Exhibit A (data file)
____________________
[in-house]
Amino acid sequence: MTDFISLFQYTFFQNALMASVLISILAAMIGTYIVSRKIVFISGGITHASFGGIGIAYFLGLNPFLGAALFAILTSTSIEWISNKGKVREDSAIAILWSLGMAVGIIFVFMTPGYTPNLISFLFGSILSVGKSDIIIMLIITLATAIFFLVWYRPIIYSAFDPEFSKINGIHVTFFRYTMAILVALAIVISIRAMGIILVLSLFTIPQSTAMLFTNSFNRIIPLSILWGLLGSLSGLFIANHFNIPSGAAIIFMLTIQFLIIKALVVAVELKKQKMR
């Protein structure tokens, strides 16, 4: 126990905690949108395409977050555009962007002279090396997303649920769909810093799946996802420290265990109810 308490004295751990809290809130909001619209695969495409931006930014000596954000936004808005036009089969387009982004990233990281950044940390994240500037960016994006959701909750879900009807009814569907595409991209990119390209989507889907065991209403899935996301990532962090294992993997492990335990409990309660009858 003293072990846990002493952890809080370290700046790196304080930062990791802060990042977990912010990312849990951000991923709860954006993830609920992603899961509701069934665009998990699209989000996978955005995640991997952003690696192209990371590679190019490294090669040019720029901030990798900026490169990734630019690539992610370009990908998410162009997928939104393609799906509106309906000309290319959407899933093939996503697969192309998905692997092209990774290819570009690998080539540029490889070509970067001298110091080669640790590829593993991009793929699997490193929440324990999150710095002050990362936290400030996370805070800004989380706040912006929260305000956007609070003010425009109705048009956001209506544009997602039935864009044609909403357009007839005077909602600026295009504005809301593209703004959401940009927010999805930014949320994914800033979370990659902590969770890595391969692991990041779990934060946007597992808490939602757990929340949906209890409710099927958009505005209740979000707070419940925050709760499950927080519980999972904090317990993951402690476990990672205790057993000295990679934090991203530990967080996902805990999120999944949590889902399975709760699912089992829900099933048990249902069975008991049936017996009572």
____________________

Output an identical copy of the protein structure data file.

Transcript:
[in-house]
Amino acid sequence: MTDFISLFQYTFFQNALMASVLISILAAMIGTYIVSRKIVFISGGITHASFGGIGIAYFLGLNPFLGAALFAILTSTSIEWISNKGKVREDSAIAILWSLGMAVGIIFVFMTPGYTPNLISFLFGSILSVGKSDIIIMLIITLATAIFFLVWYRPIIYSAFDPEFSKINGIHVTFFRYTMAILVALAIVISIRAMGIILVLSLFTIPQSTAMLFTNSFNRIIPLSILWGLLGSLSGLFIANHFNIPSGAAIIFMLTIQFLIIKALVVAVELKKQKMR
């Protein structure tokens, strides 16, 4: 126990905690949108395409977050555009962007002279090396997303649920769909810093799946996802420290265990109810 308490004295751990809290809130909001619209695969495409931006930014000596954000936004808005036009089969387009982004990233990281950044940390994240500037960016994006959701909750879900009807009814569907595409991209990119390209989507889907065991209403899935996301990532962090294992993997492990335990409990309660009858 003293072990846990002493952890809080370290700046790196304080930062990791802060990042977990912010990312849990951000991923709860954006993830609920992603899961509701069934665009998990699209989000996978955005995640991997952003690696192209990371590679190019490294090669040019720029901030990798900026490169990734630019690539992610370009990908998410162009997928939104393609799906509106309906000309290319959407899933093939996503697969192309998905692997092209990774290819570009690998080539540029490889070509970067001298110091080669640790590829593993991009793929699997490193929440324990999150710095002050990362936290400030996370805070800004989380706040912006929260305000956007609070003010425009109705048009956001209506544009997602039935864009044609909403357009007839005077909602600026295009504005809301593209703004959401940009927010999805930014949320994914800033979370990659902590969770890595391969692991990041779990934060946007597992808490939602757990929340949906209890409710099927958009505005209740979000707070419940925050709760499950927080519980999972904090317990993951402690476990990672205790057993000295990679934090991203530990967080996902805990999120999944949590889902399975709760699912089992829900099933048990249902069975008991049936017996009572």